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Schools Gold Rush Project Questions

Helpful Pre & Post Excursion Project Ideas For Teachers & Students

The Gold History of the South Coast of New South Wales. Araluen and Mogo is a reflection of a phenomenon that occurred throughout Australia. This event was built on the efforts of our forebears and the pioneers. Our most important historians are the descendants of those pioneers. For example Georgina Jackson, manager of The Original Gold Rush Colony is the great great grand-daughter of Alexander Waddell, the first man to find gold in the Araluen. Staff member Ross Hosking is related by marriage to Andrew Tom, the descendant of The Tom Brothers, who really found the gold that Hargreave claimed to have found.

This set of questions is designed to get the students thinking about what life was like in the Australian Gold Rush days of the 1850s and to "stand in the shoes" of the goldfields diggers and their families.

Teachers may print out and use this page as a tool to form lesson plans, which address a spectrum of core subject areas, before or after an excursion or school camp at the Gold Rush Colony in Mogo.

Students may find this page stimulating and fun or could use the question topics as a springboard for school project ideas when studying the 1850's gold rush era.

The questions may be answered by a mixture of research and imagination.

In working through these HSIE and interlinked subjects, don't forget that parents and grandparents can be a major source of information.

  1. Your father built a settlers cottage for the family to live in. Write a short story about a day in your life. Remember to include your daily chores.
  2. Gold prospectors often went into areas that were untouched by European settlement. In what way was the environment affected by their activities?
  3. Mining was carried on extensively in the Mogo area. As a miner writing a letter to a friend in England, explain the work involved and the difficulties encountered in setting up a mine.
  4. Some names of the Australian Gold Rush are well known, and some less so. Compare how much we know about Edward Hargraves, and how little about John Lister and the brothers James and William Tom.
  5. Men outnumbered women by six to one on the diggings. Explain why this was the situation and what difficulties would women with children face in the goldrush villages.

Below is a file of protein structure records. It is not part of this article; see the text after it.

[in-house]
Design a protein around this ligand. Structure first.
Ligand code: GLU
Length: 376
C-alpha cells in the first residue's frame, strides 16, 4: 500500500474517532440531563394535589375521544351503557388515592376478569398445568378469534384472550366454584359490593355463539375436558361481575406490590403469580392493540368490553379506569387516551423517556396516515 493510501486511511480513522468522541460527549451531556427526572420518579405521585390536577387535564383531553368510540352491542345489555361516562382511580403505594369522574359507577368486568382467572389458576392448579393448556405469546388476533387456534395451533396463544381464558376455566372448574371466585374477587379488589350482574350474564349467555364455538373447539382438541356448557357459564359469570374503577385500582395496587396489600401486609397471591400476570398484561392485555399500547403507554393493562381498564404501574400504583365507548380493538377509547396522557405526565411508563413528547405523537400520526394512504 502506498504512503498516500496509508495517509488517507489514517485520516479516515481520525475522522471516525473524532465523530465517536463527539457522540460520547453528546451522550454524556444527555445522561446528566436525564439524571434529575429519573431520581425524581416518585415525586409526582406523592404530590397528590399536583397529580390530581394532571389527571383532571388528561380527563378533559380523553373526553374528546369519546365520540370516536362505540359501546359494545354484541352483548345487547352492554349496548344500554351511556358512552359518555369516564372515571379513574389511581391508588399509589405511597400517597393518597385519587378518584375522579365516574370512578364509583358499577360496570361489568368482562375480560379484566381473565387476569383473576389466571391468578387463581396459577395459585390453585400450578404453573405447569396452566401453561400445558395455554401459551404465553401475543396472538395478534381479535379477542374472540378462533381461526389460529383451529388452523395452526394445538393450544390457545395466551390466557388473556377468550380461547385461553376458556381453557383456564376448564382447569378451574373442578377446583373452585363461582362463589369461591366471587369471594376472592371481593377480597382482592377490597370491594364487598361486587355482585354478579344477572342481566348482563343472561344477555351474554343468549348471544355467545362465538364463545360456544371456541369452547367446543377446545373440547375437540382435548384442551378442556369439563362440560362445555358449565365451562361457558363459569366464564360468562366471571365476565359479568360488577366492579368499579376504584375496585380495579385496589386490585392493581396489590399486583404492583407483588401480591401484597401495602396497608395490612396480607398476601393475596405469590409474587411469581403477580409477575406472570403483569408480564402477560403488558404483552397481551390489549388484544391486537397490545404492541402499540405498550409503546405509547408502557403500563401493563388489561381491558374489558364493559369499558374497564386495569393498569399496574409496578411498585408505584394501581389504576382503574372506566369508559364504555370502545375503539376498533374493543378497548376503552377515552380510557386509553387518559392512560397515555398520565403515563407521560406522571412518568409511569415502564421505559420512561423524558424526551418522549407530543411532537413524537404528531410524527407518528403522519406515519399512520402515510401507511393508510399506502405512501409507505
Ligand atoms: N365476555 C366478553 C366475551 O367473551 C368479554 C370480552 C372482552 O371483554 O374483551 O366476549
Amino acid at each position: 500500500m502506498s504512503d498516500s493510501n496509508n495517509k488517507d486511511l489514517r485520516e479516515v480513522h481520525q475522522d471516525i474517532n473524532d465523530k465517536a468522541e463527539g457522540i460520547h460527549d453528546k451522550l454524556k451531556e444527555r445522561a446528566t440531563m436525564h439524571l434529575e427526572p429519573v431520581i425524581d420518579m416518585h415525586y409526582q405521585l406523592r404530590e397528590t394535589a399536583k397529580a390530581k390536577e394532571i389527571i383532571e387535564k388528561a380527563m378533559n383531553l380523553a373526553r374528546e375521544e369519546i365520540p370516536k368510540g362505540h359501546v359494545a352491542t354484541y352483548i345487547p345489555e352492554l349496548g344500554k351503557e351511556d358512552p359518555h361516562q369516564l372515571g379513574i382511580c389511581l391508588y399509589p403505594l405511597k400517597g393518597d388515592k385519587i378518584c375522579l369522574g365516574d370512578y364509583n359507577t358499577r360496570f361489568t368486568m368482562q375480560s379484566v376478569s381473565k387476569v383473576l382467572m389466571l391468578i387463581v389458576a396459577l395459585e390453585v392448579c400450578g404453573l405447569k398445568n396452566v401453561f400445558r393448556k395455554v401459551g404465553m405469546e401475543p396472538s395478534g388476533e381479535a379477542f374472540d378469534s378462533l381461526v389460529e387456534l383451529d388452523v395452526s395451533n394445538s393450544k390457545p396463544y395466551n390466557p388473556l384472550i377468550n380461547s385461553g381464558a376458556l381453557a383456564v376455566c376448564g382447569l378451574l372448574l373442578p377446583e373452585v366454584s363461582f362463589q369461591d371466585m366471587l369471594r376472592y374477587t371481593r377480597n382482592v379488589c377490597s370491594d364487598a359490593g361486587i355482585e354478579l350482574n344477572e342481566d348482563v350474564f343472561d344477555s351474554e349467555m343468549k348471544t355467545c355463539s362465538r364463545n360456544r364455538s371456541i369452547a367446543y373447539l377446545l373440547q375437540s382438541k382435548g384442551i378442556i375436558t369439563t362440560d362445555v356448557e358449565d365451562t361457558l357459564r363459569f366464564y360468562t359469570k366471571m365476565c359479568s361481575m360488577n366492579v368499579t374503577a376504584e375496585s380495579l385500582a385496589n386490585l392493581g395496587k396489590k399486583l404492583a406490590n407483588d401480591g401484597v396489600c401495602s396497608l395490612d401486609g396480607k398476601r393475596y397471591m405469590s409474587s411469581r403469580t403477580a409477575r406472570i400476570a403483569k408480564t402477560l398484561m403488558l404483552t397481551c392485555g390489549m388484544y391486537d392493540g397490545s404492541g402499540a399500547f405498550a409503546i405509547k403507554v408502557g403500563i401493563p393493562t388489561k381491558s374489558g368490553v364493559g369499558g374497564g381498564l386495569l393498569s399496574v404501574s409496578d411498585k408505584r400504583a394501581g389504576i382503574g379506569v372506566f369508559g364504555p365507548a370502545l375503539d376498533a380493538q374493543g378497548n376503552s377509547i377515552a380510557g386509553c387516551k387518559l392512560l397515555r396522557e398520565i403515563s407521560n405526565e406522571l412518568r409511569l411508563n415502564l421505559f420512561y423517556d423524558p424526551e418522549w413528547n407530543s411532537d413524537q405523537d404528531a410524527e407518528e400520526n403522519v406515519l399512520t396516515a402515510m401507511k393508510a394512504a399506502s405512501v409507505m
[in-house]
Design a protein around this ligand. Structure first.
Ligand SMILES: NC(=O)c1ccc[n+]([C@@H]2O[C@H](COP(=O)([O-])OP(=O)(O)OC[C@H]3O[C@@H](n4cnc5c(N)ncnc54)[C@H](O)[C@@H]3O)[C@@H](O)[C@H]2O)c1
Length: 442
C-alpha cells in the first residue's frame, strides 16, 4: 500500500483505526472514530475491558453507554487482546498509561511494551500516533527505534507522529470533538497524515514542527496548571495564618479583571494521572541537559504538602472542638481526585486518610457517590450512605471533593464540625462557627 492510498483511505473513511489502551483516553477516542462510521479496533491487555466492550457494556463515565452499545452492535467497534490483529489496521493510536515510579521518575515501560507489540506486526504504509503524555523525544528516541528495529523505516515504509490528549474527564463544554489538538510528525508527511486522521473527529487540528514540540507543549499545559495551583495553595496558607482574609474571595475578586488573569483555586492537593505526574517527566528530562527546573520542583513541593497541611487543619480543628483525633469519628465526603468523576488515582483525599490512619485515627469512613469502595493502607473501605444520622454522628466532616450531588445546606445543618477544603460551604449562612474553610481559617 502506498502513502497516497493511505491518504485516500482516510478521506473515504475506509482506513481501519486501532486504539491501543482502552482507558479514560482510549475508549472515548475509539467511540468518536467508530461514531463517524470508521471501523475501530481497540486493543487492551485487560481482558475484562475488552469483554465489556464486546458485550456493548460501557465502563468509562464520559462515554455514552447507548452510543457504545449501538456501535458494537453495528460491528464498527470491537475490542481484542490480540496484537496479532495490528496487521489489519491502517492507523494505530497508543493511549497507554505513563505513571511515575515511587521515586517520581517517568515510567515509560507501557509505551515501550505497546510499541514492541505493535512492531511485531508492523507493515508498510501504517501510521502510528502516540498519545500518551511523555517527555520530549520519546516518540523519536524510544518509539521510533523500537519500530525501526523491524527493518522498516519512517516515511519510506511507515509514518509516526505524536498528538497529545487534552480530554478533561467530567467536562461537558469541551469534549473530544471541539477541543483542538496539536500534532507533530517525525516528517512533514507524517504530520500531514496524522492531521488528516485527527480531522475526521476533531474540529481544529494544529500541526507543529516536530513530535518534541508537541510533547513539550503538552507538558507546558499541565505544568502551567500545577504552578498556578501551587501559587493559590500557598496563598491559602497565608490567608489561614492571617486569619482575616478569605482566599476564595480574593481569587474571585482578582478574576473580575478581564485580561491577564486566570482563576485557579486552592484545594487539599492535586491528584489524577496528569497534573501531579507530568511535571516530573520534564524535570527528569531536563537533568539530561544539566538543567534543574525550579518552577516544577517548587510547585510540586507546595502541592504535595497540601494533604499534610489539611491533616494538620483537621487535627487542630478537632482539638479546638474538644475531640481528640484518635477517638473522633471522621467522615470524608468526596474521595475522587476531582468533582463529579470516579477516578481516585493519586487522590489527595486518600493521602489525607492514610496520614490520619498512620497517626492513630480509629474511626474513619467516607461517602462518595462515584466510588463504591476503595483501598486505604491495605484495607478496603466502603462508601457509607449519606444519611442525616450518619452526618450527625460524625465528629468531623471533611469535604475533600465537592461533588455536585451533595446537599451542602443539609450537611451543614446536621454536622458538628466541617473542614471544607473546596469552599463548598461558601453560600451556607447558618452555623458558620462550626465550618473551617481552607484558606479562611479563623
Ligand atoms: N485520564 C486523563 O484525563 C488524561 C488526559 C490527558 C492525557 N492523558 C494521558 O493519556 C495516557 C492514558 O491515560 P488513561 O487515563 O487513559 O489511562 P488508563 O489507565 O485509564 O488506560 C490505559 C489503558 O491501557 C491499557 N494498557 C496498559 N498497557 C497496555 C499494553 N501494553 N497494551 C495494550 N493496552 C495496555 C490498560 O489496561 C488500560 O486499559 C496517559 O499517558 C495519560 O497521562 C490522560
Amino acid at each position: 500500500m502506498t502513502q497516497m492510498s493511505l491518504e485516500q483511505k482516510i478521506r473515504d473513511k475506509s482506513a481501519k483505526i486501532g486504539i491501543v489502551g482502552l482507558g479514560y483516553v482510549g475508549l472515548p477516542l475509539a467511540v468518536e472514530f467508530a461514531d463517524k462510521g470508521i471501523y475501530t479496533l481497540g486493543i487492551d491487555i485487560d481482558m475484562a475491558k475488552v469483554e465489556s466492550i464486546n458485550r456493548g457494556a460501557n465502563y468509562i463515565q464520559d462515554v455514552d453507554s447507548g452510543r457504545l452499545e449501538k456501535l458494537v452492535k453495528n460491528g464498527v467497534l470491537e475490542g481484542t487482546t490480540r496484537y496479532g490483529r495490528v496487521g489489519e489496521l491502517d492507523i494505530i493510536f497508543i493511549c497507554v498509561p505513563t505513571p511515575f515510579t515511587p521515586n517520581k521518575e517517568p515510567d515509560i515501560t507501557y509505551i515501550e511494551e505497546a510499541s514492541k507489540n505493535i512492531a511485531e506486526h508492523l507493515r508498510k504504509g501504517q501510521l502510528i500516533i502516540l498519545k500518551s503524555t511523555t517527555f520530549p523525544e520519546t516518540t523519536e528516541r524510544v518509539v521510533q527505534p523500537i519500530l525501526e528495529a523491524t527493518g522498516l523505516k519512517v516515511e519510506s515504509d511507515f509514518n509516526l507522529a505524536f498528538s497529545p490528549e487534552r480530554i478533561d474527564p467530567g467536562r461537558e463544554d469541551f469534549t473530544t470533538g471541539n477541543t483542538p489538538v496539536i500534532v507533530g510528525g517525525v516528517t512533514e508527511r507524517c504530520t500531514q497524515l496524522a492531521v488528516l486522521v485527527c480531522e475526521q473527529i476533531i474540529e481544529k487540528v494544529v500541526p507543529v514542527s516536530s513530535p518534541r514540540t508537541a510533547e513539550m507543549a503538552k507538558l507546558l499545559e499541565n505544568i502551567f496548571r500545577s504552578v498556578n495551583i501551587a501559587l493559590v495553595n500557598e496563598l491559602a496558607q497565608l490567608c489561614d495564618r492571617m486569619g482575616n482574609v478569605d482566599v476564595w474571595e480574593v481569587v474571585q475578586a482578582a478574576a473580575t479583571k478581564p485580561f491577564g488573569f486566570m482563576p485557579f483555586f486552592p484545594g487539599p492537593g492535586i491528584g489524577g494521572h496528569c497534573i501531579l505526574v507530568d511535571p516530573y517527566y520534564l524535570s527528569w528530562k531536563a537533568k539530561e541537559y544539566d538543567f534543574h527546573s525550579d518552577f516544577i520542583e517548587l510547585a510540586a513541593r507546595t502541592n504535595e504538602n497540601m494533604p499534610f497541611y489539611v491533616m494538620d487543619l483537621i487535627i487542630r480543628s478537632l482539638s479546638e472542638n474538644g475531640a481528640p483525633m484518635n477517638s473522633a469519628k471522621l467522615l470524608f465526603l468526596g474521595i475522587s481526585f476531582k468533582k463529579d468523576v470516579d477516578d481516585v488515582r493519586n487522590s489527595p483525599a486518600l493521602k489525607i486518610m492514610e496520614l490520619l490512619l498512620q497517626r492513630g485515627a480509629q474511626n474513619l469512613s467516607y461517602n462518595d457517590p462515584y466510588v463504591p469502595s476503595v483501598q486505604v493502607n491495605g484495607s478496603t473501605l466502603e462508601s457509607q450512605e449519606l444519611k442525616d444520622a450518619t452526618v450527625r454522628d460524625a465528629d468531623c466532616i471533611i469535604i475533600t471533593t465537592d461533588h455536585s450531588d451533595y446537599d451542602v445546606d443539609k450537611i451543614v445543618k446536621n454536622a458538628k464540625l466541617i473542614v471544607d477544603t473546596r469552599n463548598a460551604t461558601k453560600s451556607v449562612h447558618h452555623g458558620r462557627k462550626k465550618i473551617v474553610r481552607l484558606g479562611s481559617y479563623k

6. If you found yourself in a creek bed that no one had ever visited before, how would you go about finding some gold?
  7. You live in a tent in the diggings. Please describe your evenings activities.
  8. It's 1865, the alluvial gold is starting to run out and you have to make a choice about the future. What do you think is the best option and why?
  9. You and a friend decide to buy a gold cradle. How would you use it and how would it speed up your gold recovery?
  10. Explain the process of hard rock mining.
  11. You arrive at the diggings for the first time and you have no money. You need to build shelter. Explain how you would go about this task. 
  12. You have heard that Bushrangers have attacked at Majors Creek. Write a newspaper article to send back to Ireland.
  13. Describe the last days of an Australian bushranger.
  14. Compare the properties of Gold to Fools Gold.
  15. The troopers have come to check on your Mining Licence. Write a short play about what happened.
  16. What are the biggest differences in your day in the 21st century compared to a child your age in 1850's Australia or Great Britain?  Write a diary about your good fortune.
  17. You have made friends with a local Aboriginal. What kind of new foods have you been introduced to?
  18. Create a menu from the foods available to a gold prospector in NSW in the 1850's.
  19. What would life be like in the Australian Gold Rush if you could not speak English? Where did the main first immigrants to the Australian goldfields come from?
  20. Compare your clothes to those worn during the 1850's.

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